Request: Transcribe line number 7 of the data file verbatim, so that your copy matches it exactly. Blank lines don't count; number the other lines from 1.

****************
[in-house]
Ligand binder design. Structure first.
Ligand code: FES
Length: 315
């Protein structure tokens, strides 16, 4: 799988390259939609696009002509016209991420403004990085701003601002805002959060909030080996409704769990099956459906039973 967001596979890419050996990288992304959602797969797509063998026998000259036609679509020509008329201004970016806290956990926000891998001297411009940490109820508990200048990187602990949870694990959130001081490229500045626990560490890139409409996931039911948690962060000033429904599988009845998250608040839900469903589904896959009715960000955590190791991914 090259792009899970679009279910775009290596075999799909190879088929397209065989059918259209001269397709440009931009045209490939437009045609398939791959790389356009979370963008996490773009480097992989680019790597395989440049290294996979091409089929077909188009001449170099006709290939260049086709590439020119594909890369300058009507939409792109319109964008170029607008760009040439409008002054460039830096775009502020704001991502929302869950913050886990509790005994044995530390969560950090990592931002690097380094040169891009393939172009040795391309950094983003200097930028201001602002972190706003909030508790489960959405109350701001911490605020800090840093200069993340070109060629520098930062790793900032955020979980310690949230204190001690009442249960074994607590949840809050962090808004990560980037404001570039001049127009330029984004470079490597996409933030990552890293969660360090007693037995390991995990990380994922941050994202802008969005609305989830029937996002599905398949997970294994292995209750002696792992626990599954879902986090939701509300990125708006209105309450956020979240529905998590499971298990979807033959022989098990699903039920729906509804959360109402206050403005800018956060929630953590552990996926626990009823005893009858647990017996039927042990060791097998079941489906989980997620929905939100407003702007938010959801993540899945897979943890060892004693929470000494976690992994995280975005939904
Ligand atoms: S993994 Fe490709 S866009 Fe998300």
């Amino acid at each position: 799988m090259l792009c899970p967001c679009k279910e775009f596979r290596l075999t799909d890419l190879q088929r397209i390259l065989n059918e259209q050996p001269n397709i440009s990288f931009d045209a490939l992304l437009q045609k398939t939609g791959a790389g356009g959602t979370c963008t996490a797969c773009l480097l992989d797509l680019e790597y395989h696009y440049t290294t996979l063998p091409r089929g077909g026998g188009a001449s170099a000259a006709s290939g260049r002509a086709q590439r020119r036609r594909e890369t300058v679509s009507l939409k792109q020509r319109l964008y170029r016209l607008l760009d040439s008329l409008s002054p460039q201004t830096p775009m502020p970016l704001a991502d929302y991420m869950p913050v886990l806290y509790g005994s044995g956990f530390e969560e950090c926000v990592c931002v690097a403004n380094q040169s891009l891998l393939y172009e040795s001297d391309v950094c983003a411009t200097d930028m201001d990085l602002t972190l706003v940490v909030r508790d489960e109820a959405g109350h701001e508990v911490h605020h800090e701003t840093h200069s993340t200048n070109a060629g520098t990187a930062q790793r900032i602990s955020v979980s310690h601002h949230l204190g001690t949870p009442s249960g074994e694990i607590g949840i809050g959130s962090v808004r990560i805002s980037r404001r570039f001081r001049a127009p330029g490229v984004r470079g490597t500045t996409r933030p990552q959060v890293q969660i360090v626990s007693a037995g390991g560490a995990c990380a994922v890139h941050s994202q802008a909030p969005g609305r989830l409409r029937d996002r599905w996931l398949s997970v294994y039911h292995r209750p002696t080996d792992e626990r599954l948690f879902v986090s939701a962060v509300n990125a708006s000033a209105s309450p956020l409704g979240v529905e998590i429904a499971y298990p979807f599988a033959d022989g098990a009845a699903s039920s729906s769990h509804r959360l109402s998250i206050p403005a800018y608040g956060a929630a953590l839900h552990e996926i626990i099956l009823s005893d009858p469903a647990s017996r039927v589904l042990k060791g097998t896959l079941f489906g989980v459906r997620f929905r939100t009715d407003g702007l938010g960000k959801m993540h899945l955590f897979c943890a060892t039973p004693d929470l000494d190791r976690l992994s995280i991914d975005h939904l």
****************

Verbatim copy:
């Amino acid at each position: 799988m090259l792009c899970p967001c679009k279910e775009f596979r290596l075999t799909d890419l190879q088929r397209i390259l065989n059918e259209q050996p001269n397709i440009s990288f931009d045209a490939l992304l437009q045609k398939t939609g791959a790389g356009g959602t979370c963008t996490a797969c773009l480097l992989d797509l680019e790597y395989h696009y440049t290294t996979l063998p091409r089929g077909g026998g188009a001449s170099a000259a006709s290939g260049r002509a086709q590439r020119r036609r594909e890369t300058v679509s009507l939409k792109q020509r319109l964008y170029r016209l607008l760009d040439s008329l409008s002054p460039q201004t830096p775009m502020p970016l704001a991502d929302y991420m869950p913050v886990l806290y509790g005994s044995g956990f530390e969560e950090c926000v990592c931002v690097a403004n380094q040169s891009l891998l393939y172009e040795s001297d391309v950094c983003a411009t200097d930028m201001d990085l602002t972190l706003v940490v909030r508790d489960e109820a959405g109350h701001e508990v911490h605020h800090e701003t840093h200069s993340t200048n070109a060629g520098t990187a930062q790793r900032i602990s955020v979980s310690h601002h949230l204190g001690t949870p009442s249960g074994e694990i607590g949840i809050g959130s962090v808004r990560i805002s980037r404001r570039f001081r001049a127009p330029g490229v984004r470079g490597t500045t996409r933030p990552q959060v890293q969660i360090v626990s007693a037995g390991g560490a995990c990380a994922v890139h941050s994202q802008a909030p969005g609305r989830l409409r029937d996002r599905w996931l398949s997970v294994y039911h292995r209750p002696t080996d792992e626990r599954l948690f879902v986090s939701a962060v509300n990125a708006s000033a209105s309450p956020l409704g979240v529905e998590i429904a499971y298990p979807f599988a033959d022989g098990a009845a699903s039920s729906s769990h509804r959360l109402s998250i206050p403005a800018y608040g956060a929630a953590l839900h552990e996926i626990i099956l009823s005893d009858p469903a647990s017996r039927v589904l042990k060791g097998t896959l079941f489906g989980v459906r997620f929905r939100t009715d407003g702007l938010g960000k959801m993540h899945l955590f897979c943890a060892t039973p004693d929470l000494d190791r976690l992994s995280i991914d975005h939904l």